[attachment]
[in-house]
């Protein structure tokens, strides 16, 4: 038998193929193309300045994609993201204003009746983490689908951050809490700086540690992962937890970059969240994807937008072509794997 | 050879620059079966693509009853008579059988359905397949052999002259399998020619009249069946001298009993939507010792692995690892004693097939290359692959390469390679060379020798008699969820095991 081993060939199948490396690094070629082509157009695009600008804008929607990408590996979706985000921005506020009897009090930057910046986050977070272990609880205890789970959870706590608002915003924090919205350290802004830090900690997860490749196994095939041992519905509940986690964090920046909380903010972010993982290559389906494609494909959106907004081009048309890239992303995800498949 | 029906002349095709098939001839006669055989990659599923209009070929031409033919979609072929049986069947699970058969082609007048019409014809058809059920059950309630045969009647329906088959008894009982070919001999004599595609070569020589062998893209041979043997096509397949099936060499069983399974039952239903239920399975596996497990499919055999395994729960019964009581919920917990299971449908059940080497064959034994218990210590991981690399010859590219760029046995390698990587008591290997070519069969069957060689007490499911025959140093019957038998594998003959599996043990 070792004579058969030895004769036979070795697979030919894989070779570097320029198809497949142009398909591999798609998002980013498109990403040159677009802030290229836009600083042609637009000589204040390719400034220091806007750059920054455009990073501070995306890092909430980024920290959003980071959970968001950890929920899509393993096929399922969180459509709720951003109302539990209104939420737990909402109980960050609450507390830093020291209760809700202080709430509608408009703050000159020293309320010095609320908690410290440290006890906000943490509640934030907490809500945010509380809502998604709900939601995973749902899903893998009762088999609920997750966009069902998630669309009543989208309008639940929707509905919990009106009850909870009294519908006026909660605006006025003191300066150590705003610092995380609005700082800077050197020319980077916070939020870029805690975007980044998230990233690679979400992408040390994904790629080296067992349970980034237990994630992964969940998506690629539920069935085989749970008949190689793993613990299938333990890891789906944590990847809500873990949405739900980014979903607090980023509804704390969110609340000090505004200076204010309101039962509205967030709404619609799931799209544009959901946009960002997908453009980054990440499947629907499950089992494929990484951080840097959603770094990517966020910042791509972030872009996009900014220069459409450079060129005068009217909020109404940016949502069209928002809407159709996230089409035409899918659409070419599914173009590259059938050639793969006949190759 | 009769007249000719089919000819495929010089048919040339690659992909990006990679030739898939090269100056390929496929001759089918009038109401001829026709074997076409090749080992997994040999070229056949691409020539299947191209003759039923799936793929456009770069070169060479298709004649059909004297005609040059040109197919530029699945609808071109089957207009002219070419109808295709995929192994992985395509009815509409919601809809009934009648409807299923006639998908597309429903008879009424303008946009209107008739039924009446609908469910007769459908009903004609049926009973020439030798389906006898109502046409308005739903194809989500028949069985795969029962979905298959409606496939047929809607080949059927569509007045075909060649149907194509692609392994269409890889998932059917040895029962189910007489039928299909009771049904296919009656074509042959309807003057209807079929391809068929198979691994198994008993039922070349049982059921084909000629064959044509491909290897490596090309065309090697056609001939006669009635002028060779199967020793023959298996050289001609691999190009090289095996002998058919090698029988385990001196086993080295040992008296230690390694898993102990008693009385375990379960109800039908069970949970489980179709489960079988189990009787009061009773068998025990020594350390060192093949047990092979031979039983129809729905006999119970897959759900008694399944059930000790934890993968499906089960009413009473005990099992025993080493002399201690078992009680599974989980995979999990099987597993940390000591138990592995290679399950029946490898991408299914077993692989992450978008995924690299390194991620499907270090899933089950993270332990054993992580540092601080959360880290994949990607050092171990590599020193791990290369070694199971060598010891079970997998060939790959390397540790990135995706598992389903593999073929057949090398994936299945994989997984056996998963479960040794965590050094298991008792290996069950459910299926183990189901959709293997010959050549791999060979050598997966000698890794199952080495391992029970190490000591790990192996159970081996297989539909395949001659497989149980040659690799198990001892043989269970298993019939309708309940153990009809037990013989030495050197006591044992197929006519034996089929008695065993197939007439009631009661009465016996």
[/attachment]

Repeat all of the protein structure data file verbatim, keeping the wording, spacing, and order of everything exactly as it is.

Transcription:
[in-house]
């Protein structure tokens, strides 16, 4: 038998193929193309300045994609993201204003009746983490689908951050809490700086540690992962937890970059969240994807937008072509794997 | 050879620059079966693509009853008579059988359905397949052999002259399998020619009249069946001298009993939507010792692995690892004693097939290359692959390469390679060379020798008699969820095991 081993060939199948490396690094070629082509157009695009600008804008929607990408590996979706985000921005506020009897009090930057910046986050977070272990609880205890789970959870706590608002915003924090919205350290802004830090900690997860490749196994095939041992519905509940986690964090920046909380903010972010993982290559389906494609494909959106907004081009048309890239992303995800498949 | 029906002349095709098939001839006669055989990659599923209009070929031409033919979609072929049986069947699970058969082609007048019409014809058809059920059950309630045969009647329906088959008894009982070919001999004599595609070569020589062998893209041979043997096509397949099936060499069983399974039952239903239920399975596996497990499919055999395994729960019964009581919920917990299971449908059940080497064959034994218990210590991981690399010859590219760029046995390698990587008591290997070519069969069957060689007490499911025959140093019957038998594998003959599996043990 070792004579058969030895004769036979070795697979030919894989070779570097320029198809497949142009398909591999798609998002980013498109990403040159677009802030290229836009600083042609637009000589204040390719400034220091806007750059920054455009990073501070995306890092909430980024920290959003980071959970968001950890929920899509393993096929399922969180459509709720951003109302539990209104939420737990909402109980960050609450507390830093020291209760809700202080709430509608408009703050000159020293309320010095609320908690410290440290006890906000943490509640934030907490809500945010509380809502998604709900939601995973749902899903893998009762088999609920997750966009069902998630669309009543989208309008639940929707509905919990009106009850909870009294519908006026909660605006006025003191300066150590705003610092995380609005700082800077050197020319980077916070939020870029805690975007980044998230990233690679979400992408040390994904790629080296067992349970980034237990994630992964969940998506690629539920069935085989749970008949190689793993613990299938333990890891789906944590990847809500873990949405739900980014979903607090980023509804704390969110609340000090505004200076204010309101039962509205967030709404619609799931799209544009959901946009960002997908453009980054990440499947629907499950089992494929990484951080840097959603770094990517966020910042791509972030872009996009900014220069459409450079060129005068009217909020109404940016949502069209928002809407159709996230089409035409899918659409070419599914173009590259059938050639793969006949190759 | 009769007249000719089919000819495929010089048919040339690659992909990006990679030739898939090269100056390929496929001759089918009038109401001829026709074997076409090749080992997994040999070229056949691409020539299947191209003759039923799936793929456009770069070169060479298709004649059909004297005609040059040109197919530029699945609808071109089957207009002219070419109808295709995929192994992985395509009815509409919601809809009934009648409807299923006639998908597309429903008879009424303008946009209107008739039924009446609908469910007769459908009903004609049926009973020439030798389906006898109502046409308005739903194809989500028949069985795969029962979905298959409606496939047929809607080949059927569509007045075909060649149907194509692609392994269409890889998932059917040895029962189910007489039928299909009771049904296919009656074509042959309807003057209807079929391809068929198979691994198994008993039922070349049982059921084909000629064959044509491909290897490596090309065309090697056609001939006669009635002028060779199967020793023959298996050289001609691999190009090289095996002998058919090698029988385990001196086993080295040992008296230690390694898993102990008693009385375990379960109800039908069970949970489980179709489960079988189990009787009061009773068998025990020594350390060192093949047990092979031979039983129809729905006999119970897959759900008694399944059930000790934890993968499906089960009413009473005990099992025993080493002399201690078992009680599974989980995979999990099987597993940390000591138990592995290679399950029946490898991408299914077993692989992450978008995924690299390194991620499907270090899933089950993270332990054993992580540092601080959360880290994949990607050092171990590599020193791990290369070694199971060598010891079970997998060939790959390397540790990135995706598992389903593999073929057949090398994936299945994989997984056996998963479960040794965590050094298991008792290996069950459910299926183990189901959709293997010959050549791999060979050598997966000698890794199952080495391992029970190490000591790990192996159970081996297989539909395949001659497989149980040659690799198990001892043989269970298993019939309708309940153990009809037990013989030495050197006591044992197929006519034996089929008695065993197939007439009631009661009465016996």